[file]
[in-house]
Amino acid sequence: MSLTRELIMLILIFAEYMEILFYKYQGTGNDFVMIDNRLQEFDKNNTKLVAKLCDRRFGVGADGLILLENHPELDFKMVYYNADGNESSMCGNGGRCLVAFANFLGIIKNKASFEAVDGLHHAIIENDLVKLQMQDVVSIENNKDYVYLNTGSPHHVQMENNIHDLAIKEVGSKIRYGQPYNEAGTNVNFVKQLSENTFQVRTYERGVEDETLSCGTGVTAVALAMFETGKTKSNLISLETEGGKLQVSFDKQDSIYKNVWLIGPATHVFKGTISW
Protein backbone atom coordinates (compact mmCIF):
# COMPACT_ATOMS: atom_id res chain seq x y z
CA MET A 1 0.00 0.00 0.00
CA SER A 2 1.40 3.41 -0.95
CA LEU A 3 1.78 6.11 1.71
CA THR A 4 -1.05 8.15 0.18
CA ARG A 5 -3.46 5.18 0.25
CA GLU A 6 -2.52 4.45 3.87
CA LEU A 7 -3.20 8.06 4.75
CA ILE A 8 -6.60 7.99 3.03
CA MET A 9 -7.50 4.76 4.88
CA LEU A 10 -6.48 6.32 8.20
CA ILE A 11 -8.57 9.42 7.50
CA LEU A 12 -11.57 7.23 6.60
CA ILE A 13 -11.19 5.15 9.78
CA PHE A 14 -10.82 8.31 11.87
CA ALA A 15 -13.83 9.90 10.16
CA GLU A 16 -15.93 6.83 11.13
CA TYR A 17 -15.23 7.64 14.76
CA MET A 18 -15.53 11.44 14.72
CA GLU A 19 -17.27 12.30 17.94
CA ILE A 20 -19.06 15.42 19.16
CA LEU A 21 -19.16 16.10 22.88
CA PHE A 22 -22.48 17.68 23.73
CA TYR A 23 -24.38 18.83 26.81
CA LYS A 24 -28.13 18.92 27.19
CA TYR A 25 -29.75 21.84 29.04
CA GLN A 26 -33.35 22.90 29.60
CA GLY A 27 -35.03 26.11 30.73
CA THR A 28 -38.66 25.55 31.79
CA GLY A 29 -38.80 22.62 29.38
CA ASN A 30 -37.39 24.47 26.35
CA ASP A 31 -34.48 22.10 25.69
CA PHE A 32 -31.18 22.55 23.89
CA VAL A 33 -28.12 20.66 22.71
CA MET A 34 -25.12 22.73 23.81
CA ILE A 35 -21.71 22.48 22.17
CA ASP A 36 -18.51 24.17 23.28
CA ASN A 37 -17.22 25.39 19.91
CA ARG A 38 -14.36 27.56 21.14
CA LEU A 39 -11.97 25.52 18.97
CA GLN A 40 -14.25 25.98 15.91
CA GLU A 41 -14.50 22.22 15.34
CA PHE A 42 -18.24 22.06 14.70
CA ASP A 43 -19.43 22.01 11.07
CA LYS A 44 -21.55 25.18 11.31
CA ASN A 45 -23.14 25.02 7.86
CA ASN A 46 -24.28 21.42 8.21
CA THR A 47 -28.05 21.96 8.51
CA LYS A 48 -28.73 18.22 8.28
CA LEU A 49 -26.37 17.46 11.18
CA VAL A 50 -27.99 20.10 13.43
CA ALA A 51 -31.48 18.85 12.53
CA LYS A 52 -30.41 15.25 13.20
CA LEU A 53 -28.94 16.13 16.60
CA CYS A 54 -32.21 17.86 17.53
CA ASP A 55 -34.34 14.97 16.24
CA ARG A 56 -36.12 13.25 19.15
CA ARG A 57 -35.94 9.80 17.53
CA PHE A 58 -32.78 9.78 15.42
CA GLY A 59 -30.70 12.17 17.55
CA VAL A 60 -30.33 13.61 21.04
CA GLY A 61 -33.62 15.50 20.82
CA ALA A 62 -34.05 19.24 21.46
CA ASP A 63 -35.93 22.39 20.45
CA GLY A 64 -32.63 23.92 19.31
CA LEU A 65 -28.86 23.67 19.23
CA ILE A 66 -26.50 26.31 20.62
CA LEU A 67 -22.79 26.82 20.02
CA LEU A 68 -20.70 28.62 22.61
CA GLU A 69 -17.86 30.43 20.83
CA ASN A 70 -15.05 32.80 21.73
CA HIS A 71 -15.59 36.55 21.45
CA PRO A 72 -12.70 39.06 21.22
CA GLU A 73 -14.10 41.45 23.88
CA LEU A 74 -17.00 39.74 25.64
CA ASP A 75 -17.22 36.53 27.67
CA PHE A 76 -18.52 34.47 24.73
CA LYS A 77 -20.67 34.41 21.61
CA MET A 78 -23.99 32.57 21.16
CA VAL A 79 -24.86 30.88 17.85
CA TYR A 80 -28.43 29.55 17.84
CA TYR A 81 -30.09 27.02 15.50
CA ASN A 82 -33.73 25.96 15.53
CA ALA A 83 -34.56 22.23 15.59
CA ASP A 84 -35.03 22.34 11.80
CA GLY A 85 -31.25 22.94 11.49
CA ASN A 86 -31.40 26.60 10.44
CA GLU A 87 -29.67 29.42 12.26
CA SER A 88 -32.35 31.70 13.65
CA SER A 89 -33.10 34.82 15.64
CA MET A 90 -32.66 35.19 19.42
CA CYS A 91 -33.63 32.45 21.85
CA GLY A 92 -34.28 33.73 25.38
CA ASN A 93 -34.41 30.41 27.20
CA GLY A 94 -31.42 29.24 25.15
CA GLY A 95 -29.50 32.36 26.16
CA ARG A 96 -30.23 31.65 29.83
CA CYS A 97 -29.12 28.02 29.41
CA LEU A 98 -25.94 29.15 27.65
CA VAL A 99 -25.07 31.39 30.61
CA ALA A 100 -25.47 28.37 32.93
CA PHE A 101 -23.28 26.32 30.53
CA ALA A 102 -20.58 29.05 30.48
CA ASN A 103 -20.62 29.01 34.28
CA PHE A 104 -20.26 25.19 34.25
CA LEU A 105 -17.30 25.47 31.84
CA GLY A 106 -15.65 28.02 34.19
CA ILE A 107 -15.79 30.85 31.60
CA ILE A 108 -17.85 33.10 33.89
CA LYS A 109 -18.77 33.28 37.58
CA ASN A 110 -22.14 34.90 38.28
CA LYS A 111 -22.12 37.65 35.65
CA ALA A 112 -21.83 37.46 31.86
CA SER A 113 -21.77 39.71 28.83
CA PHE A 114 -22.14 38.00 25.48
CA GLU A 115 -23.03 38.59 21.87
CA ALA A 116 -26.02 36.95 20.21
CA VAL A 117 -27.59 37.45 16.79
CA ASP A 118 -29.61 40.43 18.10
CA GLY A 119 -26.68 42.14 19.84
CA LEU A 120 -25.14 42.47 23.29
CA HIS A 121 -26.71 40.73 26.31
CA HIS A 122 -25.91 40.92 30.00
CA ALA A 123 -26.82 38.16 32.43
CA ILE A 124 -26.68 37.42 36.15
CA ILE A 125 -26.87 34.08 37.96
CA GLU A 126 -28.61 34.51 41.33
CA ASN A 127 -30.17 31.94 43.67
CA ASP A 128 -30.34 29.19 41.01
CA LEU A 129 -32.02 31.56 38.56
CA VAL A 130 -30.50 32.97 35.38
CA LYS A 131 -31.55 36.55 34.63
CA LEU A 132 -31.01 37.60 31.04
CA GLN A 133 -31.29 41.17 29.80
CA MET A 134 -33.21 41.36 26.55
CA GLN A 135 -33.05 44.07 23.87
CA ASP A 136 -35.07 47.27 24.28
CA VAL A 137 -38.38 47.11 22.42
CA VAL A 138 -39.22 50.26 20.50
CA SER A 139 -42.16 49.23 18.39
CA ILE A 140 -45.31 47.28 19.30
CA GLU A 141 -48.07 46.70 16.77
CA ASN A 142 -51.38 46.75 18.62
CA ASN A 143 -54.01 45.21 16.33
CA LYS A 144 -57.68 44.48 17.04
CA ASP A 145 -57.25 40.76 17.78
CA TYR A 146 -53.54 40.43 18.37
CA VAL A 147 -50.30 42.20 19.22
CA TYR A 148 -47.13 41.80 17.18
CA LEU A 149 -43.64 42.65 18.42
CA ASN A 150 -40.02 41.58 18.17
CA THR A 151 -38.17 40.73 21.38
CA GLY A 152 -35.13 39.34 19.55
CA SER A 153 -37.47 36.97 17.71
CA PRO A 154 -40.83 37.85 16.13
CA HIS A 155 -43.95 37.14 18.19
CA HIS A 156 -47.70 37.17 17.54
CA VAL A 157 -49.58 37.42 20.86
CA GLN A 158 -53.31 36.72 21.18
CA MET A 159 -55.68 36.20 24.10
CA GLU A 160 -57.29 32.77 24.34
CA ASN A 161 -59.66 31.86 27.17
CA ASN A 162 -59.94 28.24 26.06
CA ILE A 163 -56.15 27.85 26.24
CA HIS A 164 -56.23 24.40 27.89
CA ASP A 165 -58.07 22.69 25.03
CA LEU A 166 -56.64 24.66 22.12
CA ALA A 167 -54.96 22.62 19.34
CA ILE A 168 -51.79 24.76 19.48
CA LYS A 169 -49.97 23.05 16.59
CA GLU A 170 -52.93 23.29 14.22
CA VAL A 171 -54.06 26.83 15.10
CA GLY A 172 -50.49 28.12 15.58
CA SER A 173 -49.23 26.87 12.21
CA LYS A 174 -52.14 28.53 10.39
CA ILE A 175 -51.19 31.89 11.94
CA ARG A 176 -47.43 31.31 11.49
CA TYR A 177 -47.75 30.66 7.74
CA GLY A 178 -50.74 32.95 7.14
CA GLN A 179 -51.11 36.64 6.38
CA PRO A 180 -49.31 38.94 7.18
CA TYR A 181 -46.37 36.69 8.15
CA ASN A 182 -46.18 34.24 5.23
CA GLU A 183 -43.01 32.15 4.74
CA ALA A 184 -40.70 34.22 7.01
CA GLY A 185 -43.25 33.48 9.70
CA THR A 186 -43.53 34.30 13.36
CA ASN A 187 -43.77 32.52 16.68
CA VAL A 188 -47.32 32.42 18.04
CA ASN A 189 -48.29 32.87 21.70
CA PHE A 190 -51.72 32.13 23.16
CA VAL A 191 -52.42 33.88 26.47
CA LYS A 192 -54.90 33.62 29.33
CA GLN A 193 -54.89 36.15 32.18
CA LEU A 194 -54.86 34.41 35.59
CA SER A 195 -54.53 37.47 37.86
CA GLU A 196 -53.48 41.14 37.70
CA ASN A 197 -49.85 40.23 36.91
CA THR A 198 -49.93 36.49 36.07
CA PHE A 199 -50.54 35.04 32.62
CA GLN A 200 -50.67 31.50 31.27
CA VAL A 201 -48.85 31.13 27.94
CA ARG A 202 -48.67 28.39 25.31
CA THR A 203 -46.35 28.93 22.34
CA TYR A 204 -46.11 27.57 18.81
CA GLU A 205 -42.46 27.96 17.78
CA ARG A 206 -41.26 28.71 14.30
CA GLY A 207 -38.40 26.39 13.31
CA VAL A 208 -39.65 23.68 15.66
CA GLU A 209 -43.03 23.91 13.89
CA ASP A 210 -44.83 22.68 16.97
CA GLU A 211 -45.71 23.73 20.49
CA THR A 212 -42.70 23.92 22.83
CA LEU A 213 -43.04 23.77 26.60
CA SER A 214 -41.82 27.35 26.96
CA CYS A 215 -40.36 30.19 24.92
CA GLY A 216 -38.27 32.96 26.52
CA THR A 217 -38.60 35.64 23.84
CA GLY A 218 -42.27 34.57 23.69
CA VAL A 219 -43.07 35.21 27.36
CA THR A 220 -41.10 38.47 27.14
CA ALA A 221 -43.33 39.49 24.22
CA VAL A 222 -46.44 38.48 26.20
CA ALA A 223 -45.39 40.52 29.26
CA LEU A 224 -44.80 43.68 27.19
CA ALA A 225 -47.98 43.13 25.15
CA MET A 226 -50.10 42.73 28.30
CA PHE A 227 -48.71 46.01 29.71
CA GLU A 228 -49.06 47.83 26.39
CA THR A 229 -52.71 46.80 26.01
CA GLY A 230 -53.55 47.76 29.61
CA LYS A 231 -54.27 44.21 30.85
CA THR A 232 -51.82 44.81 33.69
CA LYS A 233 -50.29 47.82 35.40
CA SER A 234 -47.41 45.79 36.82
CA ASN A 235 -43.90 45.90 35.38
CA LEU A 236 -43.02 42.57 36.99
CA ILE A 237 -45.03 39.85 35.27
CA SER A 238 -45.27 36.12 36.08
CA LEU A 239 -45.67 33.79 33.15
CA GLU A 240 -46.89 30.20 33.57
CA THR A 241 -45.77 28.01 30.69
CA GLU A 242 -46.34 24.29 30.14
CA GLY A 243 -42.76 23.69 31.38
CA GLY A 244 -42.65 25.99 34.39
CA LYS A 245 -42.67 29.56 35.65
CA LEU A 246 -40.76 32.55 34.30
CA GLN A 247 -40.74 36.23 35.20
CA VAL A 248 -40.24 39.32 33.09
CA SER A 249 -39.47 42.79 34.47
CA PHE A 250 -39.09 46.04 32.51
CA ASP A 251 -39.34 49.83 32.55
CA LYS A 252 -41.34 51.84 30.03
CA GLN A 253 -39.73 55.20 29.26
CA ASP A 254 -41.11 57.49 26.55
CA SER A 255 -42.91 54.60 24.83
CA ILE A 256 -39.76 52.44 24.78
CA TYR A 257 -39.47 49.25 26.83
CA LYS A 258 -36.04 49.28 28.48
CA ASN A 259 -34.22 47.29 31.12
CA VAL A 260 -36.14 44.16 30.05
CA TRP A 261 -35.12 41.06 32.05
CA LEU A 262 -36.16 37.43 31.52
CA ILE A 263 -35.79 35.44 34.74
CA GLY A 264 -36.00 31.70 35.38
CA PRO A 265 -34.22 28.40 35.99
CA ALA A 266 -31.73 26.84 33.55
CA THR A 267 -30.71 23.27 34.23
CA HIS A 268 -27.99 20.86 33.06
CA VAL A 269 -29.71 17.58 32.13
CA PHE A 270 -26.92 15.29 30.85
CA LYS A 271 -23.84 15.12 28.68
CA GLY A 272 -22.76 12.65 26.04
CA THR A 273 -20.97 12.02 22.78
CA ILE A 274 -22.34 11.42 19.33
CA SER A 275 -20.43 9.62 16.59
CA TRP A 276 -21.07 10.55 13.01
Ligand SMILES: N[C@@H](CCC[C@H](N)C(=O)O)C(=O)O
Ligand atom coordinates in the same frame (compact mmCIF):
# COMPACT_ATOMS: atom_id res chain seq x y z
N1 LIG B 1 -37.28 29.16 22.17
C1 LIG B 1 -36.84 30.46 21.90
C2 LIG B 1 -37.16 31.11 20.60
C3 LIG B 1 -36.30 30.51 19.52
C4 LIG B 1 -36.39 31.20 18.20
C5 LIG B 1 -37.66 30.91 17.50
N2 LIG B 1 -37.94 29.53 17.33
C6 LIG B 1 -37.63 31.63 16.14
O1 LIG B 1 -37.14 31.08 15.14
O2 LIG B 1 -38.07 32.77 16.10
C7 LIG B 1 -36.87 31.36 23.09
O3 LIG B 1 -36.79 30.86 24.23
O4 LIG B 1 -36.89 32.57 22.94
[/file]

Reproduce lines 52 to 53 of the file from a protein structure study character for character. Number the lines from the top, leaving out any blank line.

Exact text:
CA LYS A 48 -28.73 18.22 8.28
CA LEU A 49 -26.37 17.46 11.18